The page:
"I rather like mysteries. But I do dislike muddles."
~ David Lean
We live in the age of medical miracles, when strokes are reversed, hearts are restarted, brain tumors are removed and one-pound babies grow up to be sports stars. While we know that some conditions cannot be cured, we believe in our hearts that virtually all — and certainly any that might befall us or our loved ones — can be treated and managed. At the very least, today's doctors are expected to know what's wrong with us. And yet...
Several years ago my husband developed a terrible, itchy rash. His internist sent him to a dermatologist who examined his skin and wrote out a couple of prescriptions; at home we soon found that one burned unbearably and the other did absolutely nothing. After that came more visits to more dermatologists along with multiple skin biopsies. The final specialist told him he had a mental problem and should see a psychiatrist. A few weeks later he stopped taking a particular medication and the rash went away.
More recently, one of my sisters was diagnosed with a medical condition that sounds quite alarming but so far is more irritating than dangerous. She was also informed she may or may not have a second condition. The problem: the preferred treatment for condition A is taboo in the presence of condition B. "First do no harm" is the oath the doctors have taken. And so she goes from expert to expert, having test after test after test. It's been more than two years and the debate continues.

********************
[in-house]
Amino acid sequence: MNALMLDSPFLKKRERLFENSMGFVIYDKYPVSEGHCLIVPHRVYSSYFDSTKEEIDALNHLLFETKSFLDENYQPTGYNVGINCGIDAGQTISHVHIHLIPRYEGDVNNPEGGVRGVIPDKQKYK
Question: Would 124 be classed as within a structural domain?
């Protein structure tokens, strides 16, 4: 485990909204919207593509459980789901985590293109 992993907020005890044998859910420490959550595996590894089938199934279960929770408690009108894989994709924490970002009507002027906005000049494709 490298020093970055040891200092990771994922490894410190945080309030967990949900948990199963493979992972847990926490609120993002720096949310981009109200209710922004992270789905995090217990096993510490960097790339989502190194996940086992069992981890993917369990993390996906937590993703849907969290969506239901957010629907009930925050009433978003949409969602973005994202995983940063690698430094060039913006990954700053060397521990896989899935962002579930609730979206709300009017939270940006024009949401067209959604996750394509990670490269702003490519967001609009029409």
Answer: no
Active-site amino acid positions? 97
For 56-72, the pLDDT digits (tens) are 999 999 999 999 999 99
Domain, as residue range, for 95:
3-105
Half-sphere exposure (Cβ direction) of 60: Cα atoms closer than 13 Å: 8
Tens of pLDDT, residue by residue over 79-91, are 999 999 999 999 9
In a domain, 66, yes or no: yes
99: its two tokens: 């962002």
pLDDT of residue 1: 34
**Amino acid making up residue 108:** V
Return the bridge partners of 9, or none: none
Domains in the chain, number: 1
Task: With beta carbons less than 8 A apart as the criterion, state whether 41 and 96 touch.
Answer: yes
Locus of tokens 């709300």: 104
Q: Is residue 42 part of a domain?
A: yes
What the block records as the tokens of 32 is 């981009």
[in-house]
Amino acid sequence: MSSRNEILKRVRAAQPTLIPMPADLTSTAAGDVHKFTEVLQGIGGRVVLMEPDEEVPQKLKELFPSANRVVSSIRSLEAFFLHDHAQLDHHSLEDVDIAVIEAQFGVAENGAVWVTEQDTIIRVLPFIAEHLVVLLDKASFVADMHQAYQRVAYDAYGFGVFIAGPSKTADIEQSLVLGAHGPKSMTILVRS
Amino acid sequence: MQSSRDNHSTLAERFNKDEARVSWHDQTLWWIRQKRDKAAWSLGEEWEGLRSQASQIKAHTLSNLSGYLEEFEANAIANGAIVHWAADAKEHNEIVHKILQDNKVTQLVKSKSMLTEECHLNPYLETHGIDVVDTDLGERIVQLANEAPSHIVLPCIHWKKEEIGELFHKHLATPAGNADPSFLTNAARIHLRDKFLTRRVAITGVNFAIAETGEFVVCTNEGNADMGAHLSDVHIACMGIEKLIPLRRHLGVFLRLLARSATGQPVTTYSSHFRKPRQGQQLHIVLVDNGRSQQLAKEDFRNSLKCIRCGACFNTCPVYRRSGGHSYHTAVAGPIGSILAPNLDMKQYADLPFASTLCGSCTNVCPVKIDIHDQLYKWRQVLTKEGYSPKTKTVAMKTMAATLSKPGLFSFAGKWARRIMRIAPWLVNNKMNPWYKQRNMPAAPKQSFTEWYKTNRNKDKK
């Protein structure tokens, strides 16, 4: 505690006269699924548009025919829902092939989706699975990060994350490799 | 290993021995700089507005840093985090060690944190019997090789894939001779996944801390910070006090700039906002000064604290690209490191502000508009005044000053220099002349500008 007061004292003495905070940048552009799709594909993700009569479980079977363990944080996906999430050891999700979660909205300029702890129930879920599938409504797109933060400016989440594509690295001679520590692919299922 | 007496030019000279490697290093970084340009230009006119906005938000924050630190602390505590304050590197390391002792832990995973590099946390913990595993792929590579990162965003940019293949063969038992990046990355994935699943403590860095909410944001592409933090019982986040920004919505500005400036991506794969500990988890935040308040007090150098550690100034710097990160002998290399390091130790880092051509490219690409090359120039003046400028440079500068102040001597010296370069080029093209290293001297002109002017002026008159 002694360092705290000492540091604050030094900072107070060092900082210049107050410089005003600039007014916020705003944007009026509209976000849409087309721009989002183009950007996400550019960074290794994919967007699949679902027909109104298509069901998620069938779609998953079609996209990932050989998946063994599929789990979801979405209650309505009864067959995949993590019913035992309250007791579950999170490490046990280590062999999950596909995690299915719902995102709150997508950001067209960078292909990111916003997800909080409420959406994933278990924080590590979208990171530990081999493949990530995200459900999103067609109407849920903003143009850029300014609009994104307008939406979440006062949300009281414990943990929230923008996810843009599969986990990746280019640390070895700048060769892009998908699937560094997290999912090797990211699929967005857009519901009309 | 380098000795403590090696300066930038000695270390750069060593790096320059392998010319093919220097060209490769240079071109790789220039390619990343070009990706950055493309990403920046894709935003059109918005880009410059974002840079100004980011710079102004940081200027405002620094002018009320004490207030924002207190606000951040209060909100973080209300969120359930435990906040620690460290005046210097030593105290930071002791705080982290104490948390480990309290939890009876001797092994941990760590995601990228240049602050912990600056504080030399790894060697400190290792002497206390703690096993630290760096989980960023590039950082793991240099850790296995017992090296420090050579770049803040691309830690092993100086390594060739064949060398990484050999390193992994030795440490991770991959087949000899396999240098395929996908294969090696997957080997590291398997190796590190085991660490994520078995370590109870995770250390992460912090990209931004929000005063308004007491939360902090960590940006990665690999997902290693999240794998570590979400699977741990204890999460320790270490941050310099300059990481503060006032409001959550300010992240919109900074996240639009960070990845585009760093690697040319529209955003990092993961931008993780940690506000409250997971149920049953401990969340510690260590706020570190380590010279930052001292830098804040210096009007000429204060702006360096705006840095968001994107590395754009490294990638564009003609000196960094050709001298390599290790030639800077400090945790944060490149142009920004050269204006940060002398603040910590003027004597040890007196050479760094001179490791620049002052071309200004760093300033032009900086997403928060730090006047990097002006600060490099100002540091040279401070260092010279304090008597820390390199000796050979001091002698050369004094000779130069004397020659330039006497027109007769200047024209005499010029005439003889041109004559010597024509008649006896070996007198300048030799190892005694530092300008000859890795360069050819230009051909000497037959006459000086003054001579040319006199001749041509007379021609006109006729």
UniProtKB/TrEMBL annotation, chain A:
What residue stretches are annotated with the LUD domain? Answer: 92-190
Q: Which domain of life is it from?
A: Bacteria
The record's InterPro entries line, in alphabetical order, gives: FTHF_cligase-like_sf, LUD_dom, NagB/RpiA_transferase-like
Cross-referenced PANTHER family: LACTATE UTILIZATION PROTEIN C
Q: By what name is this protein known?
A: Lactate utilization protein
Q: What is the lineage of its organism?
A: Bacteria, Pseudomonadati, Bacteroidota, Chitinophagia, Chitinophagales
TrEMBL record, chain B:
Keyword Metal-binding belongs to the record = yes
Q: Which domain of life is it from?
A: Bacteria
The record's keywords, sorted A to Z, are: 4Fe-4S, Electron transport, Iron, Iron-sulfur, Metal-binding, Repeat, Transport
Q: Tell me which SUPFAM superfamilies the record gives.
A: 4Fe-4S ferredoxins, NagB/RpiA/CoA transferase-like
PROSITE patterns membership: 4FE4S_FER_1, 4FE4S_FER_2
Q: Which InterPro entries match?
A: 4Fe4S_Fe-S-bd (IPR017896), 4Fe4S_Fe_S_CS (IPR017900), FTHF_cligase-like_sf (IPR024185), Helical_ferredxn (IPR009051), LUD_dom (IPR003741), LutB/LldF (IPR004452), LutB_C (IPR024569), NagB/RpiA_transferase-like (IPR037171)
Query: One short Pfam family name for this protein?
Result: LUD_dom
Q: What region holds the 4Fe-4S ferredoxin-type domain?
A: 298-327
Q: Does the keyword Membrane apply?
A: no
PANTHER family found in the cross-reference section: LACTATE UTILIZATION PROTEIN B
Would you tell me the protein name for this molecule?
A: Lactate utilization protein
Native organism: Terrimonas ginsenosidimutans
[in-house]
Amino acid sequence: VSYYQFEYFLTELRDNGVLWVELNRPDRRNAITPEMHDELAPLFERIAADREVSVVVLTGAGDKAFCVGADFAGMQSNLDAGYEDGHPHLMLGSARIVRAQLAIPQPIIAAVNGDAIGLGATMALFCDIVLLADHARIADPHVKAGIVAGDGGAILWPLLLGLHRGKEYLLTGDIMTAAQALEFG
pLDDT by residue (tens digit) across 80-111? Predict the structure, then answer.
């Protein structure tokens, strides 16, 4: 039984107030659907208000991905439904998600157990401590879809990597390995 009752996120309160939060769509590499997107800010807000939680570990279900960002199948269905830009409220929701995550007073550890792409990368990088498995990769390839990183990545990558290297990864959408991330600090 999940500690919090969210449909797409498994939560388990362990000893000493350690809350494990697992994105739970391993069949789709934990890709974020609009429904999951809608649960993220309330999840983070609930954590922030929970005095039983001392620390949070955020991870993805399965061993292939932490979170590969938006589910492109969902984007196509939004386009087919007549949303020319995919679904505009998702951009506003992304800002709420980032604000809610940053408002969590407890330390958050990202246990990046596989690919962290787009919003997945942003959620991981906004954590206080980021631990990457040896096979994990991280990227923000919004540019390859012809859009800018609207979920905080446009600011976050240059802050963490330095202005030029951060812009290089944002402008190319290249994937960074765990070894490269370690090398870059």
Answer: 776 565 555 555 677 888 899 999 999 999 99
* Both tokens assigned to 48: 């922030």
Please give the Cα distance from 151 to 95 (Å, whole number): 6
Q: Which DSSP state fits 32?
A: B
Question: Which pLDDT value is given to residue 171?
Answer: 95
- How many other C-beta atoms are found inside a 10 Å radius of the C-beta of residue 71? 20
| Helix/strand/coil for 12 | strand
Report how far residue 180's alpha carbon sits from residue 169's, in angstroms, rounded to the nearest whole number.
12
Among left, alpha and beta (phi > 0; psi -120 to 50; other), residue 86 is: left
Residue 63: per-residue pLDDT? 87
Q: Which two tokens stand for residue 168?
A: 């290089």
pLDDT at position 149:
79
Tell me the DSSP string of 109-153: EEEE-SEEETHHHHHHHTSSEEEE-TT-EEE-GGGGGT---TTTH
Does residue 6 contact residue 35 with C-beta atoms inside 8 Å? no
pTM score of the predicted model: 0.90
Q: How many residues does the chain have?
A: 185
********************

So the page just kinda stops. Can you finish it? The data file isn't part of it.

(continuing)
A few weeks ago, a woman I know told me about her husband, who has suffered from intermittent high fevers for almost a month and spent a week in an ICU. After thousands of dollars worth of tests, the doctors still have no idea what's wrong.
Yesterday I heard from a client who spent 24 hours in an emergency room only to emerge with the same symptoms that had brought her there. While she had no diagnosis, she did have a great big medical bill.
One of the saddest Google pages I have ever seen is the response to this query: "Doctors have no answers." When doctors have no answers, when our condition presents a medical mystery, we are more than shocked, frightened and frustrated; deep down, we are heartbroken.
“Mysteries are not necessarily miracles.”
~ Johann Wolfgang von Goethe